Summer budget response

With the introduction of the ‘national living wage’ at the forefront of the budget announcements, for once pensions are unlikely to be hitting the main headlines.

By Taylor Patterson.

However, it could be that radical pension reform is still on the agenda and not far away. The government have announced the publication of a consultation paper on the future of pension and contribution tax relief. Whilst it is clear that they want to retain the incentive to save for retirement, which tax relief provides, they are open to considering new structures. Specifically, they want to garner opinion on an Individual Savings Account (ISA) style model of limited tax relief up front, tax exempt within and tax exempt on the way out.

It has been announced that pension contribution tax relief, in its current format, will be restricted for higher earners (those with over £150,000 of gross annual income including pension contributions) from April 2016. It has been confirmed that for every £2 of adjusted income over £150,000, the annual allowance will fall by £1 down to a minimum of £10,000 for those earning over £210,000.

Remaining on the pension theme, the Budget has further confirmed that the lifetime allowance will fall to £1 million in April 2016 and that transitional protection will be available for those seeking to protect the higher current allowance of £1.25m. We await further detail on the protection and will be in touch with relevant clients when we know more.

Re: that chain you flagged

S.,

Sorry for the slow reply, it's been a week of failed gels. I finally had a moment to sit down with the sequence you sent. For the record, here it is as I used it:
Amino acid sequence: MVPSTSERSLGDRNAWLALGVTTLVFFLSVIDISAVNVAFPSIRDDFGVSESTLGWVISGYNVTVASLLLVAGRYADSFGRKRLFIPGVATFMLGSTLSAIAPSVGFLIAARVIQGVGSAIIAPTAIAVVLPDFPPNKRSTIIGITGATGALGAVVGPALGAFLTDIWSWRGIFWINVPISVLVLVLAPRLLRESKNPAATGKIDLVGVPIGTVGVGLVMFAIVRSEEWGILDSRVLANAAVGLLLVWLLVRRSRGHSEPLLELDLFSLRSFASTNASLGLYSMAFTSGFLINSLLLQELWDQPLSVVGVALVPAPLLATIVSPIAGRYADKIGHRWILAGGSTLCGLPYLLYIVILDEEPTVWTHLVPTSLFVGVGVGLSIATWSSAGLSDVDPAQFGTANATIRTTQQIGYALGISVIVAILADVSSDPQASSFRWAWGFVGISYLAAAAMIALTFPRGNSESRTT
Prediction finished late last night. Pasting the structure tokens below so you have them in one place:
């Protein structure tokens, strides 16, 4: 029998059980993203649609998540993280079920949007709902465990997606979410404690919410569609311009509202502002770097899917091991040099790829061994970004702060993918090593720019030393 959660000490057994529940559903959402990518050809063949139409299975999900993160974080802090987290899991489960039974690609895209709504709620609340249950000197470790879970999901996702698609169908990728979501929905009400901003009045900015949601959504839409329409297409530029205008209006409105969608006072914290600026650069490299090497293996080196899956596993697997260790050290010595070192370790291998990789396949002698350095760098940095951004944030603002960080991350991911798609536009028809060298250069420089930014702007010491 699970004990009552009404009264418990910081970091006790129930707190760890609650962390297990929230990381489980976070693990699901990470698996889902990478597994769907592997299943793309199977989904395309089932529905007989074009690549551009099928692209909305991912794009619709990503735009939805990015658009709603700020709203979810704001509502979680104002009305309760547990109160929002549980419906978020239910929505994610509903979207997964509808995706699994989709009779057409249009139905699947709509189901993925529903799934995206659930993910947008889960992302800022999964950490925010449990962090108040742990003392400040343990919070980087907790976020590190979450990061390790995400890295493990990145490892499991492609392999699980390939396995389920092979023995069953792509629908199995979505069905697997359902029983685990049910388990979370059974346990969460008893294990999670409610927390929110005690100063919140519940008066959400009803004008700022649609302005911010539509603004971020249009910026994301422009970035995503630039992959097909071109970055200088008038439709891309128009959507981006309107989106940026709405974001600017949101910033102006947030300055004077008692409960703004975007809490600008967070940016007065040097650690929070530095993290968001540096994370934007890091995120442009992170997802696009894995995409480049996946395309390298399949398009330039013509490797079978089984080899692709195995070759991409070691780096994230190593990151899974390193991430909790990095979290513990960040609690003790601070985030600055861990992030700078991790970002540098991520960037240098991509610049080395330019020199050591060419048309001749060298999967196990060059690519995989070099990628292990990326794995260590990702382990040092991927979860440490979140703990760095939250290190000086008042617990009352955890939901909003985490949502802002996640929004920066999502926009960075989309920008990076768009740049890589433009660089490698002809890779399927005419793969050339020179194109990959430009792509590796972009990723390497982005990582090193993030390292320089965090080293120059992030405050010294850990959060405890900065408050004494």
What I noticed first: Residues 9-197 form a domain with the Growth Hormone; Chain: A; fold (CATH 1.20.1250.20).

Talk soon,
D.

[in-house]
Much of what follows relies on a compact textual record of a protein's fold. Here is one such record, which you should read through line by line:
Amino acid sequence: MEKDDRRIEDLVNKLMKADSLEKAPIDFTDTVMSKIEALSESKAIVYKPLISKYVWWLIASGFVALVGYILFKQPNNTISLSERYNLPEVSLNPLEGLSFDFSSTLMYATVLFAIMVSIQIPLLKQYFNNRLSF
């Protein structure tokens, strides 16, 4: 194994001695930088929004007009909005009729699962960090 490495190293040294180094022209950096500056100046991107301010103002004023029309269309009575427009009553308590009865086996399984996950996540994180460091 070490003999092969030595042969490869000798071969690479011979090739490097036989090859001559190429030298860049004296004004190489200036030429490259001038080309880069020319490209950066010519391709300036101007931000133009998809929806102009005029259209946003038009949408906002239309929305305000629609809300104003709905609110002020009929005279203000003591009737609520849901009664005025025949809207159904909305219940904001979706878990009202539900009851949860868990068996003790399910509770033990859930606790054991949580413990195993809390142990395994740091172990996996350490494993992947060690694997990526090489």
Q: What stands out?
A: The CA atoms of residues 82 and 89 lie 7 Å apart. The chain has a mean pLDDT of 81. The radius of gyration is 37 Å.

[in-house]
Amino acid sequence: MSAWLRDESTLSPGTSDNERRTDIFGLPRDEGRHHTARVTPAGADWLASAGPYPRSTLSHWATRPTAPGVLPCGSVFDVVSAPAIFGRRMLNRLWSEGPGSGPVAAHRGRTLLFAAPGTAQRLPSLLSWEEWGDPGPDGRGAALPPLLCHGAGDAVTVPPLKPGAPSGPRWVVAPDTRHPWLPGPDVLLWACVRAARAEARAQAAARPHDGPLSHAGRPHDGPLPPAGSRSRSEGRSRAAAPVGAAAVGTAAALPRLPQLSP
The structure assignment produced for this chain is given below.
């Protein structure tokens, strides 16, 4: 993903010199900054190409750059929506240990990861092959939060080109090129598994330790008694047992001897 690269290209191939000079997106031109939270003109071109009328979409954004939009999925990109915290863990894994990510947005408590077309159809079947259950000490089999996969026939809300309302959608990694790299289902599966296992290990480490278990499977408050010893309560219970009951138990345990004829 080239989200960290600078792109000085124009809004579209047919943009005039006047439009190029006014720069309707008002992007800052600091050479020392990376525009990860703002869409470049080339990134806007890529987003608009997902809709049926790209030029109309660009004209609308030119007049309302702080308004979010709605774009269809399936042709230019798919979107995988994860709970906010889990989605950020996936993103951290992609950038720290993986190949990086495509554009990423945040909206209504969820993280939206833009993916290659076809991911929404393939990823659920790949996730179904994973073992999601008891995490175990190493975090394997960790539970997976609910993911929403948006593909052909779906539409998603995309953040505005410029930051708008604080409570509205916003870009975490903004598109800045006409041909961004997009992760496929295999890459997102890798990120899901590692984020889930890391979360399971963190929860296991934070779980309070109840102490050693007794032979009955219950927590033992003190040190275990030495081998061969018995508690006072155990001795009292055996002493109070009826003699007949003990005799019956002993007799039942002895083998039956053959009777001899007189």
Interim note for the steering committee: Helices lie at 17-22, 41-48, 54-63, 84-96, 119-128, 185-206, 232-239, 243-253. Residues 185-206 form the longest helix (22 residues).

A number of estate planning strategies may also be affected by the announcement of a ‘family home allowance’ which will see the nil rate band of Inheritance Tax (IHT) on the estates of married couples or civil partners rise from the current £650,000 up to a potential £1,000,000. The increased allowance will be implemented gradually beginning in April 2017.

The taxation of dividend reforms may also affect the remuneration strategies of those deriving income from shareholdings, which we will factor in to our future review discussions with clients. In summary, we are largely positive that the changes announced will be positive for the economy as a whole, as the UK continues to find a path to economic stability. We recognise though, that different policies will affect people in different ways and all legislation changes will be reviewed with clients at an appropriate time.